Mark your calendars for a new meteor shower — possibly a meteor "storm" — this week.
While most showers are annual occurrences and easy to forecast, this one is a first. Earth is expected to pass through a debris trail left behind a comet that was discovered in 2004 and named Comet 209P/LINEAR.
The shower could mean 100 "shooting stars" per hour, or more. Some scientists have suggested rates of up to 400 meteors per hour.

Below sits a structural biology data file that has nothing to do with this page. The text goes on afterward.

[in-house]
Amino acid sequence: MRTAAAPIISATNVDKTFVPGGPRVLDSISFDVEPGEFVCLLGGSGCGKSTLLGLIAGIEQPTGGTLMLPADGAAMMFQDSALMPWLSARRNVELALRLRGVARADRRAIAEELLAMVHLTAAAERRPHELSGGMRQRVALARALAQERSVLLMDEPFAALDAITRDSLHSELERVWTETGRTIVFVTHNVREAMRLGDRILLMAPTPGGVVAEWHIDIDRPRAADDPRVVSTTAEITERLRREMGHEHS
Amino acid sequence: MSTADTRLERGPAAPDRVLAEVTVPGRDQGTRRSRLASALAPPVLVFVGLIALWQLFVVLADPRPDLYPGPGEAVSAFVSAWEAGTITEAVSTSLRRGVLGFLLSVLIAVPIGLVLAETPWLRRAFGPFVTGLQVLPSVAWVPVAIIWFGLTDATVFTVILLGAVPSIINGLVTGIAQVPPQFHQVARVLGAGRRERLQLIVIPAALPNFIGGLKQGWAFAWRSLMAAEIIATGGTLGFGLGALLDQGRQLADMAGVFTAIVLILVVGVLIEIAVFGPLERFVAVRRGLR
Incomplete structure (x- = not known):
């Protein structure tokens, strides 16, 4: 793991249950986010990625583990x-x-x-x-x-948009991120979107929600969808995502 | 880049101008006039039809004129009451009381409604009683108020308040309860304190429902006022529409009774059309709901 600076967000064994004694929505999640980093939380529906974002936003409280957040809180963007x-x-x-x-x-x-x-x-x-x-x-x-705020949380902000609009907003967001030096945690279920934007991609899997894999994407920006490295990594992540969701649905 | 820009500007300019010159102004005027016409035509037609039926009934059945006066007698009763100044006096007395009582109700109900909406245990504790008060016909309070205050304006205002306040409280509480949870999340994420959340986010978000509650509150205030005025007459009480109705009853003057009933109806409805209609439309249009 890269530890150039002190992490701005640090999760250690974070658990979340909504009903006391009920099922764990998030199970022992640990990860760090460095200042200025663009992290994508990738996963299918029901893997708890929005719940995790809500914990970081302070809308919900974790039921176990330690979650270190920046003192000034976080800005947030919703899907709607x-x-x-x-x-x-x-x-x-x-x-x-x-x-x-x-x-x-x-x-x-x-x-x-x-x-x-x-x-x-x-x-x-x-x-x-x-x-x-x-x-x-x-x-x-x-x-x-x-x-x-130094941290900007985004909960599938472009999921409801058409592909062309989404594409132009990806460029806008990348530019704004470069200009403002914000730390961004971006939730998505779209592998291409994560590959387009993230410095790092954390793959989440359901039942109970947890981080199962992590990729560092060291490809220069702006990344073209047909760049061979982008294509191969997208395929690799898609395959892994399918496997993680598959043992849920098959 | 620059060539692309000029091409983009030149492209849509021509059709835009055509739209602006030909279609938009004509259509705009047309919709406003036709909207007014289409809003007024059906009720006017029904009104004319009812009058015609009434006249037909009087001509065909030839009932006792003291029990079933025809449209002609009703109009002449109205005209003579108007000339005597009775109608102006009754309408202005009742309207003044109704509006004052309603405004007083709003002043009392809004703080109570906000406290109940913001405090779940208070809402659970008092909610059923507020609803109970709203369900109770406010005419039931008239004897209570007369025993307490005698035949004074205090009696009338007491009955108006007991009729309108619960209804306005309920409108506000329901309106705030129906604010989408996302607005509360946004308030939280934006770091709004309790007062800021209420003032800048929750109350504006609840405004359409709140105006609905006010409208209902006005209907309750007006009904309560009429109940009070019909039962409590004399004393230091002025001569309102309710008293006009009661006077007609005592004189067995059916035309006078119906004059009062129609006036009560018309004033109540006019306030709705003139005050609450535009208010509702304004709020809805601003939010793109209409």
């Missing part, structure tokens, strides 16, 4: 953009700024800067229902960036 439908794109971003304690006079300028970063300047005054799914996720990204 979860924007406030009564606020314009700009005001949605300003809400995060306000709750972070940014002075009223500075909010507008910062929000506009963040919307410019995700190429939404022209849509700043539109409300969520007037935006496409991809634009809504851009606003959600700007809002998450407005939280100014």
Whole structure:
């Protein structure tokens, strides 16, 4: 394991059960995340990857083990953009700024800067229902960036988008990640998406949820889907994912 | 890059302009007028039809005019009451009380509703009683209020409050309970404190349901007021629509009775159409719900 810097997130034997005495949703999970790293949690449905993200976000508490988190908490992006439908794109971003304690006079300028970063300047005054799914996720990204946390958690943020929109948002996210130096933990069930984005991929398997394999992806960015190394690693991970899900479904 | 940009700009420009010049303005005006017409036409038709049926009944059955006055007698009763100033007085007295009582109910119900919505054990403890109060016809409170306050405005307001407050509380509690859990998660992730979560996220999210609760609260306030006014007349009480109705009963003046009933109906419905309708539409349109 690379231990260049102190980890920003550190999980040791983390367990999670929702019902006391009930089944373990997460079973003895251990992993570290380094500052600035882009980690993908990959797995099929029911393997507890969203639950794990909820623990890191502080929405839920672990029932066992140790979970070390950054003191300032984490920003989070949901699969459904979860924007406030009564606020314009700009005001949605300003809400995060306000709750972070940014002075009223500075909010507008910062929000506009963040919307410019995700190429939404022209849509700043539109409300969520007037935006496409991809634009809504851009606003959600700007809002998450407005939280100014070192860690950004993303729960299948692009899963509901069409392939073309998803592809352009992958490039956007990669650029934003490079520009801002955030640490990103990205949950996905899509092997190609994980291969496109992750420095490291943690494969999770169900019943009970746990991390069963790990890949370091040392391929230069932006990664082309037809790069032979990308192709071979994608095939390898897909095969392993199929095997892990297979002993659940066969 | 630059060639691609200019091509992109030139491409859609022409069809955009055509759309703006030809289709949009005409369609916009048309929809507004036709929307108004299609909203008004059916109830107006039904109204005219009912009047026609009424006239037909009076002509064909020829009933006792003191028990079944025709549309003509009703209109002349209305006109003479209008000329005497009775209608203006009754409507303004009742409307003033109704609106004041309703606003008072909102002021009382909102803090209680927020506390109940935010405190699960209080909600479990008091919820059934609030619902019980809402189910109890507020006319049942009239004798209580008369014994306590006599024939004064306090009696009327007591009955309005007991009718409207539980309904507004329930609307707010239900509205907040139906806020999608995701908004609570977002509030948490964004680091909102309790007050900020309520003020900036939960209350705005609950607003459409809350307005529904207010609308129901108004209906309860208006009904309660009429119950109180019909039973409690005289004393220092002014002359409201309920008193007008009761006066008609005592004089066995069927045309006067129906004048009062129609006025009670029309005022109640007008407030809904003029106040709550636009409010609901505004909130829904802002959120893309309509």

How many end up being visible is uncertain because astronomers aren't sure how much and what kind of debris is trailing the comet. While the comet reached perihelion, or its closest point to the sun in its orbit, on May 6, the debris Earth will pass through is from a much older pass through the solar system — dating to the 1800s, according to EarthSky.org.
Look skyward late Friday night and early Saturday morning. North America will be well-positioned to see any meteors that streak across the sky.